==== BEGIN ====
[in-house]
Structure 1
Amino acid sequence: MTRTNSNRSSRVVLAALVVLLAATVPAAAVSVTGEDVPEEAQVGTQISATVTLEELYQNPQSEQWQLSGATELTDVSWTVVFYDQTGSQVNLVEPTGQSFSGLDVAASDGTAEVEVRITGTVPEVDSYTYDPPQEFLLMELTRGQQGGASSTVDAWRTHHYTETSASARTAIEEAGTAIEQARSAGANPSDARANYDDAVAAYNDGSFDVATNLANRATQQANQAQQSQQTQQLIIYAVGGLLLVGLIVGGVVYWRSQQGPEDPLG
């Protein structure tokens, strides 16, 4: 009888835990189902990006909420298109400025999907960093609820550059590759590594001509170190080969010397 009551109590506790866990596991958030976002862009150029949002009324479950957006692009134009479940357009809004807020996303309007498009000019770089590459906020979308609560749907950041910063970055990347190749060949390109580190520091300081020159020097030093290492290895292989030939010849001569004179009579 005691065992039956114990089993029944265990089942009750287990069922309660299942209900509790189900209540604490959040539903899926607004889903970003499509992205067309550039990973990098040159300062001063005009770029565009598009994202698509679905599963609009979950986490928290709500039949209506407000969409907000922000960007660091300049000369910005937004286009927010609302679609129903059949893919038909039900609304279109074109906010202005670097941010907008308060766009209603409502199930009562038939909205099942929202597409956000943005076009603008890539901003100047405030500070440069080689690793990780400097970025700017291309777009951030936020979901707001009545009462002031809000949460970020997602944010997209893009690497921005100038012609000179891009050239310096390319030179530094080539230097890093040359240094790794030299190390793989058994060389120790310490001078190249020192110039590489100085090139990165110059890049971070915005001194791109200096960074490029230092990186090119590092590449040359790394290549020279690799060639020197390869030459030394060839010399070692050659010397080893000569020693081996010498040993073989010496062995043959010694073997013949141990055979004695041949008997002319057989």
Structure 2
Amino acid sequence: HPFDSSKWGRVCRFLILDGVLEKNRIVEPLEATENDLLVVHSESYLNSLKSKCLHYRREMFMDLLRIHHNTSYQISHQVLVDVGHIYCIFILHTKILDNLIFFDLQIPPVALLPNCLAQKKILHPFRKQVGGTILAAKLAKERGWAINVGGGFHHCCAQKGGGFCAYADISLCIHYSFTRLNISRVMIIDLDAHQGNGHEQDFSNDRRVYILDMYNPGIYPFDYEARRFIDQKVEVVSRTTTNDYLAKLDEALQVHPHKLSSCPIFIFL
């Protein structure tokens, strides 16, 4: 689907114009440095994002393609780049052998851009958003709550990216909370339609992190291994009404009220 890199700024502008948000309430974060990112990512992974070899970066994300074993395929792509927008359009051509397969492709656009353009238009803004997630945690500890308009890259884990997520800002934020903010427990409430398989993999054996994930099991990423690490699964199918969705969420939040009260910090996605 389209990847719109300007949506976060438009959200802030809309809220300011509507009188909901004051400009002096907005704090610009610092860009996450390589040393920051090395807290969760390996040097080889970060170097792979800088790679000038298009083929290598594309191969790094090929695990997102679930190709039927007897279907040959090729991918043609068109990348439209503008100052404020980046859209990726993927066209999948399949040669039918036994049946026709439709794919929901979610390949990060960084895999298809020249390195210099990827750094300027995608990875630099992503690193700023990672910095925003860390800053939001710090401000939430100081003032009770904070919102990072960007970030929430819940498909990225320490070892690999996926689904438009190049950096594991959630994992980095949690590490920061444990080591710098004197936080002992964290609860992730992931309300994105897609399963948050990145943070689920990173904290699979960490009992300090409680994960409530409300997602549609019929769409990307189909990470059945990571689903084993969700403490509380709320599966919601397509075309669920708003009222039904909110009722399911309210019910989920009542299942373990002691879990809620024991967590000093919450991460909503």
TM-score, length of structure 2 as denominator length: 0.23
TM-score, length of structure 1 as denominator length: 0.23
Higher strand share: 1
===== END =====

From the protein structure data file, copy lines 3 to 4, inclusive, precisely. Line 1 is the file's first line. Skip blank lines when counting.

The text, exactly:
Amino acid sequence: MTRTNSNRSSRVVLAALVVLLAATVPAAAVSVTGEDVPEEAQVGTQISATVTLEELYQNPQSEQWQLSGATELTDVSWTVVFYDQTGSQVNLVEPTGQSFSGLDVAASDGTAEVEVRITGTVPEVDSYTYDPPQEFLLMELTRGQQGGASSTVDAWRTHHYTETSASARTAIEEAGTAIEQARSAGANPSDARANYDDAVAAYNDGSFDVATNLANRATQQANQAQQSQQTQQLIIYAVGGLLLVGLIVGGVVYWRSQQGPEDPLG
């Protein structure tokens, strides 16, 4: 009888835990189902990006909420298109400025999907960093609820550059590759590594001509170190080969010397 009551109590506790866990596991958030976002862009150029949002009324479950957006692009134009479940357009809004807020996303309007498009000019770089590459906020979308609560749907950041910063970055990347190749060949390109580190520091300081020159020097030093290492290895292989030939010849001569004179009579 005691065992039956114990089993029944265990089942009750287990069922309660299942209900509790189900209540604490959040539903899926607004889903970003499509992205067309550039990973990098040159300062001063005009770029565009598009994202698509679905599963609009979950986490928290709500039949209506407000969409907000922000960007660091300049000369910005937004286009927010609302679609129903059949893919038909039900609304279109074109906010202005670097941010907008308060766009209603409502199930009562038939909205099942929202597409956000943005076009603008890539901003100047405030500070440069080689690793990780400097970025700017291309777009951030936020979901707001009545009462002031809000949460970020997602944010997209893009690497921005100038012609000179891009050239310096390319030179530094080539230097890093040359240094790794030299190390793989058994060389120790310490001078190249020192110039590489100085090139990165110059890049971070915005001194791109200096960074490029230092990186090119590092590449040359790394290549020279690799060639020197390869030459030394060839010399070692050659010397080893000569020693081996010498040993073989010496062995043959010694073997013949141990055979004695041949008997002319057989």